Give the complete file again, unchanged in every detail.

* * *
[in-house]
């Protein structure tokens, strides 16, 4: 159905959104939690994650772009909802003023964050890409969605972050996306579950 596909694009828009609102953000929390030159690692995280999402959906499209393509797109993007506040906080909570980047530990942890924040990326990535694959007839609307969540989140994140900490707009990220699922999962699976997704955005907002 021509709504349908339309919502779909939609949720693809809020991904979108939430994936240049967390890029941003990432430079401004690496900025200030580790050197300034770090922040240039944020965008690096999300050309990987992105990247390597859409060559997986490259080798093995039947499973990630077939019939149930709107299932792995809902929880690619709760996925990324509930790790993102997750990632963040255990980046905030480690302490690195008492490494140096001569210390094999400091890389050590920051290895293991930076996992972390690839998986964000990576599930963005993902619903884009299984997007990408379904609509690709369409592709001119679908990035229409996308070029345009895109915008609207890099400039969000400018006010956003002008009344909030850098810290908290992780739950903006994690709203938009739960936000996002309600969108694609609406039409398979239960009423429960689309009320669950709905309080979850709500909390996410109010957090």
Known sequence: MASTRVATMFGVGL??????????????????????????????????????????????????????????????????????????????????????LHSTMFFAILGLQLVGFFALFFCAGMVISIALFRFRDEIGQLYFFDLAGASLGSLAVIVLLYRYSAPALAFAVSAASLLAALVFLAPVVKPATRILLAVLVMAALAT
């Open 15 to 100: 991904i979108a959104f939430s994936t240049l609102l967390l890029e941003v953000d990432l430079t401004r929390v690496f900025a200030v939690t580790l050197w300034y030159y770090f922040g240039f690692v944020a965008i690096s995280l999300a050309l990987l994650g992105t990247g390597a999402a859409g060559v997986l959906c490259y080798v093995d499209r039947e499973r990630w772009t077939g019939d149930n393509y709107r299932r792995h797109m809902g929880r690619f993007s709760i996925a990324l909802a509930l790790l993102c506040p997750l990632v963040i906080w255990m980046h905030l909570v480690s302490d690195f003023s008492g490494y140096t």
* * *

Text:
[in-house]
């Protein structure tokens, strides 16, 4: 159905959104939690994650772009909802003023964050890409969605972050996306579950 596909694009828009609102953000929390030159690692995280999402959906499209393509797109993007506040906080909570980047530990942890924040990326990535694959007839609307969540989140994140900490707009990220699922999962699976997704955005907002 021509709504349908339309919502779909939609949720693809809020991904979108939430994936240049967390890029941003990432430079401004690496900025200030580790050197300034770090922040240039944020965008690096999300050309990987992105990247390597859409060559997986490259080798093995039947499973990630077939019939149930709107299932792995809902929880690619709760996925990324509930790790993102997750990632963040255990980046905030480690302490690195008492490494140096001569210390094999400091890389050590920051290895293991930076996992972390690839998986964000990576599930963005993902619903884009299984997007990408379904609509690709369409592709001119679908990035229409996308070029345009895109915008609207890099400039969000400018006010956003002008009344909030850098810290908290992780739950903006994690709203938009739960936000996002309600969108694609609406039409398979239960009423429960689309009320669950709905309080979850709500909390996410109010957090």
Known sequence: MASTRVATMFGVGL??????????????????????????????????????????????????????????????????????????????????????LHSTMFFAILGLQLVGFFALFFCAGMVISIALFRFRDEIGQLYFFDLAGASLGSLAVIVLLYRYSAPALAFAVSAASLLAALVFLAPVVKPATRILLAVLVMAALAT
């Open 15 to 100: 991904i979108a959104f939430s994936t240049l609102l967390l890029e941003v953000d990432l430079t401004r929390v690496f900025a200030v939690t580790l050197w300034y030159y770090f922040g240039f690692v944020a965008i690096s995280l999300a050309l990987l994650g992105t990247g390597a999402a859409g060559v997986l959906c490259y080798v093995d499209r039947e499973r990630w772009t077939g019939d149930n393509y709107r299932r792995h797109m809902g929880r690619f993007s709760i996925a990324l909802a509930l790790l993102c506040p997750l990632v963040i906080w255990m980046h905030l909570v480690s302490d690195f003023s008492g490494y140096t």